Performing the Drill
Player A serves a double bounce serve to Player B’s forehand. Player B then pushes or flicks the ball as wide as possible to Player A’s forehand side, cutting the sideline wherever possible. Player A then loops, drives or smashes the return to Player B’s forehand side, and Player B blocks the ball back to Player A’s forehand court. From there the basic forehand loop to forehand block drill continues as normal.
Benefits of the Drill
There are a number of benefits for Player A when performing this drill.
- Plenty of practice of his double bounce serve down the line, which is one of the most difficult serves to perform well, and also a common weak area for opponents.
- Good footwork practice since Player A must move quickly to cover the wide return of serve, and then move back into position to cover Player B’s block. Moving wide to the forehand side is also a common weakness in many players, so this is a good chance for Player A to work on this area.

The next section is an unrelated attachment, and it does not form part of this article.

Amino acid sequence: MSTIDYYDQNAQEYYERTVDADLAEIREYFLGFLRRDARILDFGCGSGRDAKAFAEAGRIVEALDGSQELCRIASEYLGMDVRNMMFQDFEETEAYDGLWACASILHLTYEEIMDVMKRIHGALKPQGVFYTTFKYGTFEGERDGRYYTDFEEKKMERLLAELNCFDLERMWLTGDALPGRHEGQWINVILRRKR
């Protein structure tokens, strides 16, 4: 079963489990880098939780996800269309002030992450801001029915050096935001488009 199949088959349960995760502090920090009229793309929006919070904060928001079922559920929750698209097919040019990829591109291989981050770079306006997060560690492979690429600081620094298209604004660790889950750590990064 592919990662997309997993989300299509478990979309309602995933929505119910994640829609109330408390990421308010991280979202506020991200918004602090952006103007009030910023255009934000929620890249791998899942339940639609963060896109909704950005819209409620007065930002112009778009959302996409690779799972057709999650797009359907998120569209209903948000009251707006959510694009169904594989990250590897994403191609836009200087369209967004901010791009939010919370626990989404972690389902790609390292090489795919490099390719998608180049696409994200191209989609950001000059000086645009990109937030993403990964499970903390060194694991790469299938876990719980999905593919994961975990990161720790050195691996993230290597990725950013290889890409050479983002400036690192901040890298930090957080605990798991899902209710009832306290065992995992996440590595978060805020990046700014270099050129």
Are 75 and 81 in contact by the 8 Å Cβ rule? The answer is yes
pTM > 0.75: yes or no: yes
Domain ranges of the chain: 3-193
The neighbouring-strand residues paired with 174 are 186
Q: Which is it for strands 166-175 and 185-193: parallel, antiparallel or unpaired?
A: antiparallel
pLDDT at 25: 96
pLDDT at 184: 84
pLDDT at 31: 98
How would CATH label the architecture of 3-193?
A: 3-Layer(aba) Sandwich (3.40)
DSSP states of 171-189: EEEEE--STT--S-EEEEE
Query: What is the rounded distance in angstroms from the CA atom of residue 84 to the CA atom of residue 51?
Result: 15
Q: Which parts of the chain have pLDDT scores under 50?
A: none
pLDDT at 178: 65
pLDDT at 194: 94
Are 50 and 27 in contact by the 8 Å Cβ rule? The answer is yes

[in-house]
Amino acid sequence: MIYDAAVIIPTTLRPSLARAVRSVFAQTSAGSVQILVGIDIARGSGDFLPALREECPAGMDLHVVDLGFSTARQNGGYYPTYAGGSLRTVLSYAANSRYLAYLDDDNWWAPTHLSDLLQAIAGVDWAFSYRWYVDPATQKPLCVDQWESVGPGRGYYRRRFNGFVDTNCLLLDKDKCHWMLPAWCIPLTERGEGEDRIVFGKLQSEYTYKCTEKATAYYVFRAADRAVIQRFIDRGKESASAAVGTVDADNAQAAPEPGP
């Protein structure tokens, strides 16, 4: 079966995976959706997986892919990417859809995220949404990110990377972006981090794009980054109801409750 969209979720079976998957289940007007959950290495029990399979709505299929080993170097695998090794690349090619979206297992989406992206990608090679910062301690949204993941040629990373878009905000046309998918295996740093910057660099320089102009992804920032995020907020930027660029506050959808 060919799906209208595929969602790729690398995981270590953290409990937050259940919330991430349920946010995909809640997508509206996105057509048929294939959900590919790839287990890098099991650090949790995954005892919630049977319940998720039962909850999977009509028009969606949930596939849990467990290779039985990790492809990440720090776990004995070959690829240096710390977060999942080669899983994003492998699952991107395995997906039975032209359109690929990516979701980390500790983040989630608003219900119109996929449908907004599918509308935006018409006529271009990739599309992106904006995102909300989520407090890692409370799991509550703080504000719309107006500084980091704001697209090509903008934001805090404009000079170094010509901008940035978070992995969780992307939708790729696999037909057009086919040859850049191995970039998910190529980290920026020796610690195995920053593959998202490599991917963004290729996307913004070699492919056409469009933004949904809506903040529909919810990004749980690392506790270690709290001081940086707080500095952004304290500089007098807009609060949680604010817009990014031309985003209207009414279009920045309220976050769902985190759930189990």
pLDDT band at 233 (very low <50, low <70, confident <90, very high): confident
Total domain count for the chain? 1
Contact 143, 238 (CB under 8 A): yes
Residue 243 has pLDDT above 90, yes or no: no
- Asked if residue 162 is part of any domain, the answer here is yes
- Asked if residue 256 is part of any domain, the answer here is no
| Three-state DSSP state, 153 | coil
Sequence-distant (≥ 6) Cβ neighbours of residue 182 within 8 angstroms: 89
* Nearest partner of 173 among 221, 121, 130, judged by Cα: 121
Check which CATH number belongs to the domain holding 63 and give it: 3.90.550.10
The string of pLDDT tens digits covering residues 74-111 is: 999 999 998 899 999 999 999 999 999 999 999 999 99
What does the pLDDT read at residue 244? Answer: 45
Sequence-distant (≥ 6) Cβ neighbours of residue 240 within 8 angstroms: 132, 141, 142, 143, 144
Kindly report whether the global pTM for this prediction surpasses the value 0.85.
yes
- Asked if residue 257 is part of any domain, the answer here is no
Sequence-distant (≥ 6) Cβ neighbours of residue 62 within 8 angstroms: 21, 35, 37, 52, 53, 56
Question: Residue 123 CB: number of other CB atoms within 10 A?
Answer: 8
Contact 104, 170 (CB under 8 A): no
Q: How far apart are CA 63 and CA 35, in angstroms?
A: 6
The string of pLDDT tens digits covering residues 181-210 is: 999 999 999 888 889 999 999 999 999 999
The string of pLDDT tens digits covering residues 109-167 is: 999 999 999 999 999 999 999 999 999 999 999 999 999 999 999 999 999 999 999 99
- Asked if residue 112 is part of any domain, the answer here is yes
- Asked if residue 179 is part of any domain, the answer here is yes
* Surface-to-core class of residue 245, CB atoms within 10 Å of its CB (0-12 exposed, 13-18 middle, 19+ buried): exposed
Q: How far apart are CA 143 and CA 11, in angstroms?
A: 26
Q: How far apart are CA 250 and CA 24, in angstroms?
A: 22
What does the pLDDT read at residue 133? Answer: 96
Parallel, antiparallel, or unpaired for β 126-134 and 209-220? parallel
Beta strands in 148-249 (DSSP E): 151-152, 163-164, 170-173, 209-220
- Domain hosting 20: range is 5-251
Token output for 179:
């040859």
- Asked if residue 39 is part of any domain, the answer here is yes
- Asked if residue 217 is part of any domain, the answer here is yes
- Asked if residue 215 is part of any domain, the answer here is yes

- Player A will have to choose between opening his attack from a push return or flick return. This will improve his decision making under pressure, and also gives Player A the chance to work on both types of opening (from backspin and topspin).
- When Player A has opened from a push return, he will have to adjust his stroke for his next attack, which will be against a ball with slight topspin. This adjustment is something that many players find difficult at first, so the extra practice will be of benefit.
Player B will also benefit from the drill, since he will get to practice his return of serve from his short forehand side (a weakness of many players), and he also can practice aggressively returning the ball as wide as possible to make it difficult for Player A to attack well, which is a good tactic to master. Player B can also work on his blocking against Player A’s attacks.